I got a few “happy birthdays” Saturday night when I dropped in at Omaha’s home of booze debauchery, O’Leaver’s, to catch a set by The Sons of O’Leaver’s and Ideal Cleaners. As is their style, the quartet of Tulis, Maxwell, Loftus and Rutledge (a more fearsome law firm name I cannot imagine) were dressed to the nines for this special event, which also happened to be someone else’s birthday party, judging by the cupcakes stacked on the table along the far wall.

This being their first show in about a year and a half, the band took the occasion to roll out some new material as well as a shift in style. Whatever inherent twang they used to have has been drastically diminished. Maxwell still has that slightly muted, raspy croon on music that now sounds influenced by early Spoon and Blue Sky Blue-era Wilco. Rutledge glowed on lead guitar. He can get lost in the mix in some of his other bands. Not so here, revealing some of the best lead solos from him (or anyone in town), just gorgeous stuff that accents every song. As a whole, this was one of the most satisfying sets of music I’ve seen so far this year. So what’s the future hold for the Sons of…? One hopes we’ll be seeing a Sons of The Brothers or Sons of The Slowdown gig in the near future, along with recording of that new material…?

Ideal Cleaners continues to provide the usual pummeling that only the Lincoln trio can provide. The Bad Religion/Fugazi comparisons still seem to fit but are blurred by how Dan Jenkins and the boys put their own stamp on their abrasive, muscular sound.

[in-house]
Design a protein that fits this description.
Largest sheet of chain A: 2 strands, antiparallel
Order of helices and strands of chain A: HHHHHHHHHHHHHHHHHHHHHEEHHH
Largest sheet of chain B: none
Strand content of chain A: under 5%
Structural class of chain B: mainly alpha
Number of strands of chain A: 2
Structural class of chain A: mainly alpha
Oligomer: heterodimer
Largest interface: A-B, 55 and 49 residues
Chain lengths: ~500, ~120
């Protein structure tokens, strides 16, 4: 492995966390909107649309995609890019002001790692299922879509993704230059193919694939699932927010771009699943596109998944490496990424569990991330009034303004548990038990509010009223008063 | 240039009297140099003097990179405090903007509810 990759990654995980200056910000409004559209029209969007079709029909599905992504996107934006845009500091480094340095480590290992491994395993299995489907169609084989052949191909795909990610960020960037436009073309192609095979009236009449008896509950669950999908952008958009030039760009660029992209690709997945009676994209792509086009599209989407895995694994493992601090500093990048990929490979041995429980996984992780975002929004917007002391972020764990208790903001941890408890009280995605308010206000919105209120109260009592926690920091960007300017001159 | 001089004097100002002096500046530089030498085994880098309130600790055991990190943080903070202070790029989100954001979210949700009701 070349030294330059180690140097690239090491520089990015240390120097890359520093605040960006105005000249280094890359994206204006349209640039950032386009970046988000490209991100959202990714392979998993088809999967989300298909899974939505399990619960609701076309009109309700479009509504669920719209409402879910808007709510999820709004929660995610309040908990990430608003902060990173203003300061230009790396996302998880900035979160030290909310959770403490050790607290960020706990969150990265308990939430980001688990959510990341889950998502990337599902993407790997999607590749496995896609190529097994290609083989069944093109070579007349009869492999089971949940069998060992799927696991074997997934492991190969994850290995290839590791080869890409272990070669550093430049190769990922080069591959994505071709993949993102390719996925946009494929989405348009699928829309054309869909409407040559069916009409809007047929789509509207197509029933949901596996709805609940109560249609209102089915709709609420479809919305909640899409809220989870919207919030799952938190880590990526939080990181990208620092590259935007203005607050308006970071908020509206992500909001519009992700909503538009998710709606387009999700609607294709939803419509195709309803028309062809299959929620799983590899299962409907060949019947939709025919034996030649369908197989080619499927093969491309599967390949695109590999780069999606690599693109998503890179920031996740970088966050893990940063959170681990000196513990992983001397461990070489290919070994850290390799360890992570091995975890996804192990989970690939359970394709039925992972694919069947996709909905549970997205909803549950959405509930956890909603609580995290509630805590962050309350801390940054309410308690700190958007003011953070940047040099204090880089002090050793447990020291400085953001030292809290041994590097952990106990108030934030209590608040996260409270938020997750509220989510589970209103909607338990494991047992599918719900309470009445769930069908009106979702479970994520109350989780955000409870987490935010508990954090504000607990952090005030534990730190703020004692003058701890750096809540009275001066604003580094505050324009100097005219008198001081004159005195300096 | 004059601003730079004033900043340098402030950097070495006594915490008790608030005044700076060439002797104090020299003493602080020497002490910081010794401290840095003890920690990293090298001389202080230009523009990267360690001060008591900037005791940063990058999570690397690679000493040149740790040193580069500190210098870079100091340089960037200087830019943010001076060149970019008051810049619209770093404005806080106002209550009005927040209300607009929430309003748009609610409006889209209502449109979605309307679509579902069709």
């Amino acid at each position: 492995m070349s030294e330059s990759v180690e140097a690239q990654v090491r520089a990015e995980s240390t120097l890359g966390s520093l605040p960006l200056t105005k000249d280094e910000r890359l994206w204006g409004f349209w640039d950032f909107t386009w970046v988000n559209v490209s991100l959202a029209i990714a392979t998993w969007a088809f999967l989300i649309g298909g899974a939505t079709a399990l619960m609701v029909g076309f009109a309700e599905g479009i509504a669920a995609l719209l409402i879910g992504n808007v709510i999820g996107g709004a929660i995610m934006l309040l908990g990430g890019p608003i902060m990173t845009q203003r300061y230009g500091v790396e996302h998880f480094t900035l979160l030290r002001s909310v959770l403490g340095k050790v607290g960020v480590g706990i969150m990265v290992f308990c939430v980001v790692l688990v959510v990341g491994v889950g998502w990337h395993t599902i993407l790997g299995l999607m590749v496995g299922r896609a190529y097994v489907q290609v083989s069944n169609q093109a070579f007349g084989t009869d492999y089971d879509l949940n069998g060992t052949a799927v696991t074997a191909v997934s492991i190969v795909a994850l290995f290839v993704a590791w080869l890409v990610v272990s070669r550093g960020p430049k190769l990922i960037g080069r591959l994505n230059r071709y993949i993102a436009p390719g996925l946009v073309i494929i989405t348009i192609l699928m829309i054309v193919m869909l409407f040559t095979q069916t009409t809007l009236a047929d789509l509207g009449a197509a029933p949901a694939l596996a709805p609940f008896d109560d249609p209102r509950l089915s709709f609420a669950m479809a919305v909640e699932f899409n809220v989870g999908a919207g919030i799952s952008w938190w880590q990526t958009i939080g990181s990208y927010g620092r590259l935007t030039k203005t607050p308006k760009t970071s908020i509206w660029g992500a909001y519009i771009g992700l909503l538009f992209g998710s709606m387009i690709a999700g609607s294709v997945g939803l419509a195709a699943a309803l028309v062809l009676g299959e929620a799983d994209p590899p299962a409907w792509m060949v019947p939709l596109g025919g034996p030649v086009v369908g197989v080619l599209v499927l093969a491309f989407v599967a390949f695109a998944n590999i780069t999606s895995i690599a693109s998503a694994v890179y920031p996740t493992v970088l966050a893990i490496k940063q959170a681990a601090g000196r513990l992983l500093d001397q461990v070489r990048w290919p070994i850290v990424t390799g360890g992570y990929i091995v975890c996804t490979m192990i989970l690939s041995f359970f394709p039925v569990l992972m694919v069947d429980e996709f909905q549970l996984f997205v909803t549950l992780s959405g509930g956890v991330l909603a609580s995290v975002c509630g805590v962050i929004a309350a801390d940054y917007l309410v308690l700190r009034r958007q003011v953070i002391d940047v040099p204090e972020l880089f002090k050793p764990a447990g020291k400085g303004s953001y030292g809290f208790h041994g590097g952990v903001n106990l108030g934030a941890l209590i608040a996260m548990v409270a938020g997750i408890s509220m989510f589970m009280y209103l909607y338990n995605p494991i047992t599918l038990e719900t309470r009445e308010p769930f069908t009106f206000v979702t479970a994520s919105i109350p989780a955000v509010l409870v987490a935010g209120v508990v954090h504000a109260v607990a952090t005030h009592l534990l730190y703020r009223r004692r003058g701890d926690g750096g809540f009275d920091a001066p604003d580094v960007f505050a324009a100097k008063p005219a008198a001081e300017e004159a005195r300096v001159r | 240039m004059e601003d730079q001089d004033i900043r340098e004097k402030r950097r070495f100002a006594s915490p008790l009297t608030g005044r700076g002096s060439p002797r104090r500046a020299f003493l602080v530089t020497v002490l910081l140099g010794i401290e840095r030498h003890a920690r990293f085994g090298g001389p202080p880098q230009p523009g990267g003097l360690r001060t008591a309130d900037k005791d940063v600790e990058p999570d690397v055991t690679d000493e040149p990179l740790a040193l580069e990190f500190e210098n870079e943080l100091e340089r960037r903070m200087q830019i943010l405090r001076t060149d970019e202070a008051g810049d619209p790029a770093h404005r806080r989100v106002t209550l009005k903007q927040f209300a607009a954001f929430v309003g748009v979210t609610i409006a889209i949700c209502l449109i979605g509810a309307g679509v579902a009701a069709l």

* * *

It’s a quiet week for shows, though there is one highlight worth mentioning. Ben Brodin from Mal Madrigal and Our Fox, wrote to say that this coming Wednesday a new Jake Bellows band will be performing at O’Leavers with Simon Joyner.

“The band doesn’t have a name yet, so we’ve been unsure about how to announce this show, but it is a special one in that it will be the first time we’ve performed these songs in public,” Brodin said. The band consists of Bellows, Todd Fink, Ryan Fox, Heath Koontz and Brodin, who said the music they’ll be playing was actually recorded last winter/spring.

“Also, since we live in different cities, this will be the only show in the foreseeable future,” Brodin said. “We’d be stoked for people to hear it while everyone is in town. Swing down if you haven’t got anything going on Wednesday.” Bellows apparently did an interview with Hear Nebraska that outlines what the band is and how it took shape, but the story isn’t online yet. Keep an eye on their website.

* * *

Read Tim McMahan’s blog daily at Lazy-i.com — an online music magazine that includes feature interviews, reviews and news. The focus is on the national indie music scene with a special emphasis on the best original bands in the Omaha area. Copyright © 2012 Tim McMahan. All rights reserved.

Lazy-i

Some final words on Dave Sink; The Lemonheads, Lonely Estates tonight…

Category: Blog,Column — Tags: , , , , , — @ 1:43 pm January 26, 2012
Dave Sink

Dave Sink in better days...

by Tim McMahan, Lazy-i.com

This week’s issue of The Reader features a cover story that compiles remembrances of Dave Sink from the musicians and friends who knew him best. And while portions of the article have appeared on other websites over the past day or so, none collect more comments from the people who made a mark during the era in which Sink was most influential. The contributors: Brian Byrd, Simon Joyner, Craig Crawford, Pat Buchanan, Bernie McGinn, Conor Oberst, Robb Nansel, Gary Dean Davis, Tim Moss, Matt Whipkey, Jake Bellows, Patrick Kinney, Adam J. Fogarty, Gus Rodino and Brad Smith. You can read the article online right here, or find a printed copy around town.

The issue also includes my remembrance of Dave, which I’ve posted below:

Remembering Dave

It began in November 1992. I was a few years out of college at UNO, already working full time at Union Pacific, but still writing about underground music, something that I’d begun doing as the editor of the college paper and as a freelance writer for The Metropolitan and The Note, a Lawrence, Kansas, regional music paper that had expanded its coverage to Omaha and Lincoln.